Burning sludge as a fuel could help cut pollution

Carroll plant would be first in U.S. to use biosolids

April 14, 2005|By Mary Gail Hare | Mary Gail Hare,SUN STAFF

A plan to fuel a kiln at a Carroll County cement factory with Baltimore sewage sludge would be the nation's first use of so-called "biosolids" as an energy source - a technology that experts say holds great promise.

"People have been trying to do something creative with human waste for a long time," said Dr. Robert Hunt Sprinkle, a physician with a doctorate in public policy at the University of Maryland School of Public Policy in College Park.

"If the company has a reliable source of high-quality waste turned into sludge and incinerates at high temperatures, then it is environmentally neutral and sounds good to me," he said. "The health risks with coal combustion easily exceed human waste combustion."

A pound of dried biosolids could do the work of about a half-pound of coal and will burn cleaner than the thousands of tons of coal Lehigh Cement Co. burns hourly, company officials said. The kiln's high temperatures destroy organic compounds, removing them from the environment, they said.

Lehigh hopes to be the first plant in North America to burn pelletized sludge as an alternative or supplemental fuel source to the coal that fires its cement kiln. It has requested approval from the county and the state and conducted a test-burn.

European plants have been burning the biosolids for fuel for two decades, said Peter Lukas, plant manger of the Lehigh plant in Union Bridge.

At a plant in Maastricht, the Netherlands, operators fire the kiln with a 30 to 70 mix of biosolids to coal, said Jan Theulen, who helped develop the process for Heidelberg Cement Co., parent company to Lehigh.

Replacing primary fuels with biosolids "is a significant step forward to reduce the greenhouse gases," Theulen wrote in an e-mail in response to a question from The Sun.

But neighbors of the German-owned Lehigh Cement Co. in Union Bridge plant say they do not want to be guinea pigs for a testing process. The Maryland Department of the Environment requires testing before approval, and then, monitoring of stringent standards.

"Why not see if it's safe first, before we find out too late that it is not?" said Judy Smith, a member of Carroll Air, a community environmental group that formed about six months ago to fight what members call "constant pollution" from the plant.

The Mid-Atlantic region faces tremendous challenges disposing of sludge from wastewater treatment plants. Baltimore collects and treats up to 250 million gallons of wastewater daily. The resultant sludge is heat-dried and used for fertilizer.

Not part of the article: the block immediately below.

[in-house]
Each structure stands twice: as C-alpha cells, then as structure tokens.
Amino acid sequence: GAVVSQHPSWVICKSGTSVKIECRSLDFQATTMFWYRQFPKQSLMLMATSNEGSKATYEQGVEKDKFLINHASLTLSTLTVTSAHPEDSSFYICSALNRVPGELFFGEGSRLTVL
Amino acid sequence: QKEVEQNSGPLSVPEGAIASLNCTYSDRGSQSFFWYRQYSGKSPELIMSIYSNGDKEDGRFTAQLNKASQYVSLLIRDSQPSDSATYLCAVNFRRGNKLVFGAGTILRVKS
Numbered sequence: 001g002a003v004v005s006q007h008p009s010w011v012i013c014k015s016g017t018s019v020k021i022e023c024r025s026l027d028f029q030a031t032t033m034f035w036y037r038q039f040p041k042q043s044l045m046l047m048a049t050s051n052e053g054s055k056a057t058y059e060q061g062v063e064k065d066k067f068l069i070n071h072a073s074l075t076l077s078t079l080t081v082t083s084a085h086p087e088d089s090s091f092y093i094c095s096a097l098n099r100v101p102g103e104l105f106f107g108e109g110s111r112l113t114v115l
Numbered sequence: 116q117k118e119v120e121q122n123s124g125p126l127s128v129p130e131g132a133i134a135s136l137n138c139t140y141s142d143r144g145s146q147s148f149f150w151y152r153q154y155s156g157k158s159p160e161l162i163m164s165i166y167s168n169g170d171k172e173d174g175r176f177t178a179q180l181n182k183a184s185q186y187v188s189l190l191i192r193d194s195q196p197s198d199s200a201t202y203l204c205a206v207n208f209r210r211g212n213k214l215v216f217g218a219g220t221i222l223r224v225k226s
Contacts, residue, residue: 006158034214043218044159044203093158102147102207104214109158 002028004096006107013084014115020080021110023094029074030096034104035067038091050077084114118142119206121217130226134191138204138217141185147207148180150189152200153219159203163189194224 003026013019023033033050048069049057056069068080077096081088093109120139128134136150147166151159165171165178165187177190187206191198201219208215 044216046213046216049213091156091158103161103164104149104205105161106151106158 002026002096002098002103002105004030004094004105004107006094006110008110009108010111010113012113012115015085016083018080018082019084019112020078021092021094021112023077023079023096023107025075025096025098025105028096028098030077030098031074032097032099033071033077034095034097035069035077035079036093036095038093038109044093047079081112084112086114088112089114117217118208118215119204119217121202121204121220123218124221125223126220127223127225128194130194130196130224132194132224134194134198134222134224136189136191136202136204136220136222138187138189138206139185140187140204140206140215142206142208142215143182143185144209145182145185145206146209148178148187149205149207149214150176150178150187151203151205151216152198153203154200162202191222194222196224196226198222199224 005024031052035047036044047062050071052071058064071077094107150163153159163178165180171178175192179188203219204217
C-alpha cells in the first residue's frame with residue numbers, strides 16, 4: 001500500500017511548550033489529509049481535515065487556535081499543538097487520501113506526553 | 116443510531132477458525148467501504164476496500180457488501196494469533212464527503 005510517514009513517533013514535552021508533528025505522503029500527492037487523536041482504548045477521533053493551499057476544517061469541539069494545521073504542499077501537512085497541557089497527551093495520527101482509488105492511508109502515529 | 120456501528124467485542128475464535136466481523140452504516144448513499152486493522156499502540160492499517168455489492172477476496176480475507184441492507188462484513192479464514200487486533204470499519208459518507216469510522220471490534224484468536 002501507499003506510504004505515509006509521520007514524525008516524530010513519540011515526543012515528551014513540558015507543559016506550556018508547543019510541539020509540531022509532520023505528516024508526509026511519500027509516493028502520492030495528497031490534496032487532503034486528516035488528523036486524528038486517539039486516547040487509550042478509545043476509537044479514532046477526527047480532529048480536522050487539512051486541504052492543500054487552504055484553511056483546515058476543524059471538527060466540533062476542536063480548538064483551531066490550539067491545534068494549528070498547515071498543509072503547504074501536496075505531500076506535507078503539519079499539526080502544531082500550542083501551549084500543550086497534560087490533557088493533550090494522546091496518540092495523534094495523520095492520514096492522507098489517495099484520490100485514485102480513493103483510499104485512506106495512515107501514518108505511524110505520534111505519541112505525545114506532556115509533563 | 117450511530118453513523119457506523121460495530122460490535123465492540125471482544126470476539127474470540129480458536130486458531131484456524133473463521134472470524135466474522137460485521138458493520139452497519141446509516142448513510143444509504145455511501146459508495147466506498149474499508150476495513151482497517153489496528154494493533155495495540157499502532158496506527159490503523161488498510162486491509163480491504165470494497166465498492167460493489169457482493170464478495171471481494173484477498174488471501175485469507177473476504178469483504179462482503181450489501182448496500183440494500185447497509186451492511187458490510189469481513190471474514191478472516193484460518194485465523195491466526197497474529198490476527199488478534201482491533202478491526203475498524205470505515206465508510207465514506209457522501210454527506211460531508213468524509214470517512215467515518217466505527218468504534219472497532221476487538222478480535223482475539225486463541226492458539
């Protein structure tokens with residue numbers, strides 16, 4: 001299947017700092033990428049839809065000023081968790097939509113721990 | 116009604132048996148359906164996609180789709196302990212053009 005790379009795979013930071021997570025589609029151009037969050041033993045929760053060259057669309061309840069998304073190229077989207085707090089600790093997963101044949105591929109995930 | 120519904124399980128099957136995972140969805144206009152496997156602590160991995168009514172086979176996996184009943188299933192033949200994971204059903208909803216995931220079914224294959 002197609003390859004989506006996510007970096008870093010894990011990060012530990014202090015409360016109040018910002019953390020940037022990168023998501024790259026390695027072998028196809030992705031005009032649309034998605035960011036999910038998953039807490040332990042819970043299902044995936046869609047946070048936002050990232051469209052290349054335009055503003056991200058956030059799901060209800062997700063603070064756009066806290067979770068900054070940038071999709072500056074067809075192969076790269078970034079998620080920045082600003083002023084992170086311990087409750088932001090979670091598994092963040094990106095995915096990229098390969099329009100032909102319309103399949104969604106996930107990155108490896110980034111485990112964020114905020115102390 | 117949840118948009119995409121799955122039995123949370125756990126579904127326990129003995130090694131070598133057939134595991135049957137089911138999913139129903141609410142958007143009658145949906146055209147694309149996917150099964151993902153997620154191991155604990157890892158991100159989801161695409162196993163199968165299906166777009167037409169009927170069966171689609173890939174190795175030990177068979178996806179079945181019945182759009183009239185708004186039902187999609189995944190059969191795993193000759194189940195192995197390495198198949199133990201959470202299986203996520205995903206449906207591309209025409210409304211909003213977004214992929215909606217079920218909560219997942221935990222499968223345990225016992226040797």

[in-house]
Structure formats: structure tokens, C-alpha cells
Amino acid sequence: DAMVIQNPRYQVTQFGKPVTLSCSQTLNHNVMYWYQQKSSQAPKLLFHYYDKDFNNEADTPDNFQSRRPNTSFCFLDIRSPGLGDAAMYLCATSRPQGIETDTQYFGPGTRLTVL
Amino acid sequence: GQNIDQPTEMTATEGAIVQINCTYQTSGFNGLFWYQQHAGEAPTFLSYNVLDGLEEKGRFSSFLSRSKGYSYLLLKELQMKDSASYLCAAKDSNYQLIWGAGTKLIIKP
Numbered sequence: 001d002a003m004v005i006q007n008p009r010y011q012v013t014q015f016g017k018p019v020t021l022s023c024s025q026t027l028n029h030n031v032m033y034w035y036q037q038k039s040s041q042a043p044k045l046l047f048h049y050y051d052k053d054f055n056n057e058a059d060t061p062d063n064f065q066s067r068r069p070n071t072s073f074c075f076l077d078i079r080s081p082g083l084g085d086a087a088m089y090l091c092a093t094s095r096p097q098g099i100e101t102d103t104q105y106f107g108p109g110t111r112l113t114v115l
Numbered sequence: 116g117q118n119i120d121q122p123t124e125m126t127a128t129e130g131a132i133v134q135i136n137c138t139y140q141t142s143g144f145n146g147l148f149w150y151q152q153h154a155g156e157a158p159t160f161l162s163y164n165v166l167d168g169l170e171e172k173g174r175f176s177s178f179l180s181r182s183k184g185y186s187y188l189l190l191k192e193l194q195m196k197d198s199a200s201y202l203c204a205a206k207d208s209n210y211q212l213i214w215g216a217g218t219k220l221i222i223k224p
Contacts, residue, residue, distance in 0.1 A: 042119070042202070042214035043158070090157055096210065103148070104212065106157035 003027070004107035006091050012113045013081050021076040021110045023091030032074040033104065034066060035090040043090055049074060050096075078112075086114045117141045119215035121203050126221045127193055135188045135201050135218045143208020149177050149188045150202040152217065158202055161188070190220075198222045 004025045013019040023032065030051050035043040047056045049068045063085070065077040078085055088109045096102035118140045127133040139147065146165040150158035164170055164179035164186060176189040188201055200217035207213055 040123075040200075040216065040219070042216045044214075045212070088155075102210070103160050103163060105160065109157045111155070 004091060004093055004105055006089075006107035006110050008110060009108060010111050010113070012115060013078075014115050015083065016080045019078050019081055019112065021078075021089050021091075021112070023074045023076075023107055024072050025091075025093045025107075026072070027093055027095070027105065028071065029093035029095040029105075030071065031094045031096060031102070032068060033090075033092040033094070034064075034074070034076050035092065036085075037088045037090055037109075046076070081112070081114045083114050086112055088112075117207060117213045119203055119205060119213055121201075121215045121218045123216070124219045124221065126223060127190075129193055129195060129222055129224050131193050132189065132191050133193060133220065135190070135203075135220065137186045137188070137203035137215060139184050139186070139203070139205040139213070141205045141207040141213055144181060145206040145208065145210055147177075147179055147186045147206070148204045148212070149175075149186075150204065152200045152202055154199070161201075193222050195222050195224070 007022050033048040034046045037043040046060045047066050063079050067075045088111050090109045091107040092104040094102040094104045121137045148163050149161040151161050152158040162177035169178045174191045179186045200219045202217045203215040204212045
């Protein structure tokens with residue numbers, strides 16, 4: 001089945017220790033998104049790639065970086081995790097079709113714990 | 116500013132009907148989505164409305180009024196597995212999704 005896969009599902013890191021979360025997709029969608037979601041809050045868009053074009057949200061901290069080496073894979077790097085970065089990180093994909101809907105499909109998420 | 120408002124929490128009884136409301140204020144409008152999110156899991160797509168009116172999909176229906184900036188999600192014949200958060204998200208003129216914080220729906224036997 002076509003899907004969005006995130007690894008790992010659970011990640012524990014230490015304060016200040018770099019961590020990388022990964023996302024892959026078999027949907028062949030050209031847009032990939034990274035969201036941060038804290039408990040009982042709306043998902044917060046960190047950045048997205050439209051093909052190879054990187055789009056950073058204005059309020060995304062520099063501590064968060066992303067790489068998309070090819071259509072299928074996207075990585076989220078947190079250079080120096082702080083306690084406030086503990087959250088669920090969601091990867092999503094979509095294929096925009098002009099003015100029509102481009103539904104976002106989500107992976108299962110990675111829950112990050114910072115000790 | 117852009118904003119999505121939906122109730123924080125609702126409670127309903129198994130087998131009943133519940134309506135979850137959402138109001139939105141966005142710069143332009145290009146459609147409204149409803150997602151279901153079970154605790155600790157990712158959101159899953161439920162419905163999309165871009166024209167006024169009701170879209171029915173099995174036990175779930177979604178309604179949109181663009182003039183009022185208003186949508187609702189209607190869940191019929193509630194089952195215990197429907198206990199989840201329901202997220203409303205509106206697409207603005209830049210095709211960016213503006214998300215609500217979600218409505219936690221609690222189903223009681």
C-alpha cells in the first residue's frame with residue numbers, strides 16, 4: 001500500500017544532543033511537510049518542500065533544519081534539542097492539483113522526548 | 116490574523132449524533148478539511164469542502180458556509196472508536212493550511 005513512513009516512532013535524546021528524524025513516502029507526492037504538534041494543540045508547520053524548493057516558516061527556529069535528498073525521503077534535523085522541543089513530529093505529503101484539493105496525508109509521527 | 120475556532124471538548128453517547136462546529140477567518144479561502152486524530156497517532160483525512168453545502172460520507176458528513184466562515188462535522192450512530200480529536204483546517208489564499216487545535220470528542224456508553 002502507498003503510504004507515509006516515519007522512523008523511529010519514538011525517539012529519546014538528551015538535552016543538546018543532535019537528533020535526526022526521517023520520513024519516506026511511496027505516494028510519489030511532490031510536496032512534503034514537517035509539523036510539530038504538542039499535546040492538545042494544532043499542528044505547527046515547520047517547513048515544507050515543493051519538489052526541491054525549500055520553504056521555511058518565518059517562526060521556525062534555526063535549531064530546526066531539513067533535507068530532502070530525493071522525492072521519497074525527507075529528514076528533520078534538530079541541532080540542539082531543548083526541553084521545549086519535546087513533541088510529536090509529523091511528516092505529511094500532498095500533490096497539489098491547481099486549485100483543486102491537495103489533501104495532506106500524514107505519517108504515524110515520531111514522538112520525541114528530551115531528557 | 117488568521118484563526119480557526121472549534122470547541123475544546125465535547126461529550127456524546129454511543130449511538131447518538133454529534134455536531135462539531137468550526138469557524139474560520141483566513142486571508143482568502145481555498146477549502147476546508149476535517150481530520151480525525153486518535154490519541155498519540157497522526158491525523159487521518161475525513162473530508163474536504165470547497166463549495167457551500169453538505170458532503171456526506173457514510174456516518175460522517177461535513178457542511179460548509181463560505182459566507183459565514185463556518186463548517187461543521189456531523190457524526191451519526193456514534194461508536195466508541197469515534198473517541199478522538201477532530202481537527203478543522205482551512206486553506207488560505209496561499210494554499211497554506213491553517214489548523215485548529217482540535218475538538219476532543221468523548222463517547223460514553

"If this sludge is already being land-applied, its pollutant profile is not intense," said Allen Hershkowitz, senior scientist with the Natural Resources Defense Council and a former advisor to the Environmental Protection Agency.

Lehigh's kiln would burn the sludge pellets at about 3,000 degrees, "a temperature at which just about anything goes away," Hershkowitz said.

"It will all depend on who is operating the combustion, how well the kiln is maintained, who is overseeing and how well standards are enforced," he said. "There is no question this is better than land filling waste and there are limits to land applications."

Other communities incinerate sludge to dispose of it.

"You can have pollutant-free emissions," said Robert Canham, chief operating engineer at the Prince William County (Va.) Service Authority, which incinerates about 45 tons of biosolids a day for disposal.

"If the kiln is extremely efficient, it could actually help cut down on air pollution. Biosolids burn like fuel. It is like throwing a log on the fire."

Using dried sludge as fuel could solve energy needs and disposal issues, said Tom Burke, associate chairman of health policy at the Johns Hopkins University Bloomberg School of Public Health who recently served as chairman of a National Academy of Sciences panel on biosolids.

"But it all depends on what is in the sludge and what level of treatment it receives," Burke said. "Anything we flush down the sink actually collects in sludge."

In Union Bridge, Lehigh employs nearly 200 people, many of them town residents. For years, residents have complained about the constant dust and noise from the plant and its truck traffic. The state recently fined Lehigh and forced it to hasten work on dust reduction.

"Lehigh has its hands filled with too many other problems without getting involved in some other unproven technology, just because it can," said Smith, who lives near the plant.

Public health issues concern Sher Horosko of Westminster, another member of Carroll Air.

"I want to see the science that says this process is safe," she said. "All the burden of proof for determining the health hazards is on citizens."

Horosko has amassed statistics from the Toxics Release Inventory, established by Congress in 1986, an EPA program where more than 20,000 companies in the United States self-report data.

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